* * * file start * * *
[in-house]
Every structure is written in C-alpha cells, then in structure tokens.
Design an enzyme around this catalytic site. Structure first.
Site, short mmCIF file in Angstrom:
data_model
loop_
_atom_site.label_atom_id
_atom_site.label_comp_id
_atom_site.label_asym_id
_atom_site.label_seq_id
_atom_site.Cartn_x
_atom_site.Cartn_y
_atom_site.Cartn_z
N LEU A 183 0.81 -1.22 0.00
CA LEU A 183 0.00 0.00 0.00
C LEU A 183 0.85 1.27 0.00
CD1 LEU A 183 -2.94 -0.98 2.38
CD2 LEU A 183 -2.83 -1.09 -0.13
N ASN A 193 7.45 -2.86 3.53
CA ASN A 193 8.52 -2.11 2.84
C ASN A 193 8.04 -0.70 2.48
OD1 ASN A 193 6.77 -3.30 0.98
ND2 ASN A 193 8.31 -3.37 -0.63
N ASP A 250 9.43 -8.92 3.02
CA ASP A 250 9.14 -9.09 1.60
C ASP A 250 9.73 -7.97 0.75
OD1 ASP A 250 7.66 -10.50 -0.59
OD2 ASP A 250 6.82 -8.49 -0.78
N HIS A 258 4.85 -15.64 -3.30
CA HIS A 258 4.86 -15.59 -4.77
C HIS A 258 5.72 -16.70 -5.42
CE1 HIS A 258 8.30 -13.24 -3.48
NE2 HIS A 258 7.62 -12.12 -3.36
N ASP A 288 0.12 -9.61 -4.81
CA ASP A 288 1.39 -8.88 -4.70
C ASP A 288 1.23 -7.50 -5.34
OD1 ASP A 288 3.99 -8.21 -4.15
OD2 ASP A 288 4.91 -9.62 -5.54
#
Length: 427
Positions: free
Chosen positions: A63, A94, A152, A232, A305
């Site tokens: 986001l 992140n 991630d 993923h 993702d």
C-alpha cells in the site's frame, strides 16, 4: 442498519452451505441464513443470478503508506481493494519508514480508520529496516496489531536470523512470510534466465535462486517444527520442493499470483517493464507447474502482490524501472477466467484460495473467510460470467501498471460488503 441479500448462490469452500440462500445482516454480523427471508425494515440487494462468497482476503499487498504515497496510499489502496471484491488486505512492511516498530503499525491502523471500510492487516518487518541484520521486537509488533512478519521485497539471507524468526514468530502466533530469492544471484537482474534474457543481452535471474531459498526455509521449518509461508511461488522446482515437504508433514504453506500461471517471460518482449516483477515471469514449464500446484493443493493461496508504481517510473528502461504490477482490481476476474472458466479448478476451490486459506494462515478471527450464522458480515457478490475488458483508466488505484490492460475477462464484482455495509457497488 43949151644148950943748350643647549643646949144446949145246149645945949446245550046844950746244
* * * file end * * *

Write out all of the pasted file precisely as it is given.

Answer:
[in-house]
Every structure is written in C-alpha cells, then in structure tokens.
Design an enzyme around this catalytic site. Structure first.
Site, short mmCIF file in Angstrom:
data_model
loop_
_atom_site.label_atom_id
_atom_site.label_comp_id
_atom_site.label_asym_id
_atom_site.label_seq_id
_atom_site.Cartn_x
_atom_site.Cartn_y
_atom_site.Cartn_z
N LEU A 183 0.81 -1.22 0.00
CA LEU A 183 0.00 0.00 0.00
C LEU A 183 0.85 1.27 0.00
CD1 LEU A 183 -2.94 -0.98 2.38
CD2 LEU A 183 -2.83 -1.09 -0.13
N ASN A 193 7.45 -2.86 3.53
CA ASN A 193 8.52 -2.11 2.84
C ASN A 193 8.04 -0.70 2.48
OD1 ASN A 193 6.77 -3.30 0.98
ND2 ASN A 193 8.31 -3.37 -0.63
N ASP A 250 9.43 -8.92 3.02
CA ASP A 250 9.14 -9.09 1.60
C ASP A 250 9.73 -7.97 0.75
OD1 ASP A 250 7.66 -10.50 -0.59
OD2 ASP A 250 6.82 -8.49 -0.78
N HIS A 258 4.85 -15.64 -3.30
CA HIS A 258 4.86 -15.59 -4.77
C HIS A 258 5.72 -16.70 -5.42
CE1 HIS A 258 8.30 -13.24 -3.48
NE2 HIS A 258 7.62 -12.12 -3.36
N ASP A 288 0.12 -9.61 -4.81
CA ASP A 288 1.39 -8.88 -4.70
C ASP A 288 1.23 -7.50 -5.34
OD1 ASP A 288 3.99 -8.21 -4.15
OD2 ASP A 288 4.91 -9.62 -5.54
#
Length: 427
Positions: free
Chosen positions: A63, A94, A152, A232, A305
């Site tokens: 986001l 992140n 991630d 993923h 993702d």
C-alpha cells in the site's frame, strides 16, 4: 442498519452451505441464513443470478503508506481493494519508514480508520529496516496489531536470523512470510534466465535462486517444527520442493499470483517493464507447474502482490524501472477466467484460495473467510460470467501498471460488503 441479500448462490469452500440462500445482516454480523427471508425494515440487494462468497482476503499487498504515497496510499489502496471484491488486505512492511516498530503499525491502523471500510492487516518487518541484520521486537509488533512478519521485497539471507524468526514468530502466533530469492544471484537482474534474457543481452535471474531459498526455509521449518509461508511461488522446482515437504508433514504453506500461471517471460518482449516483477515471469514449464500446484493443493493461496508504481517510473528502461504490477482490481476476474472458466479448478476451490486459506494462515478471527450464522458480515457478490475488458483508466488505484490492460475477462464484482455495509457497488 43949151644148950943748350643647549643646949144446949145246149645945949446245550046844950746244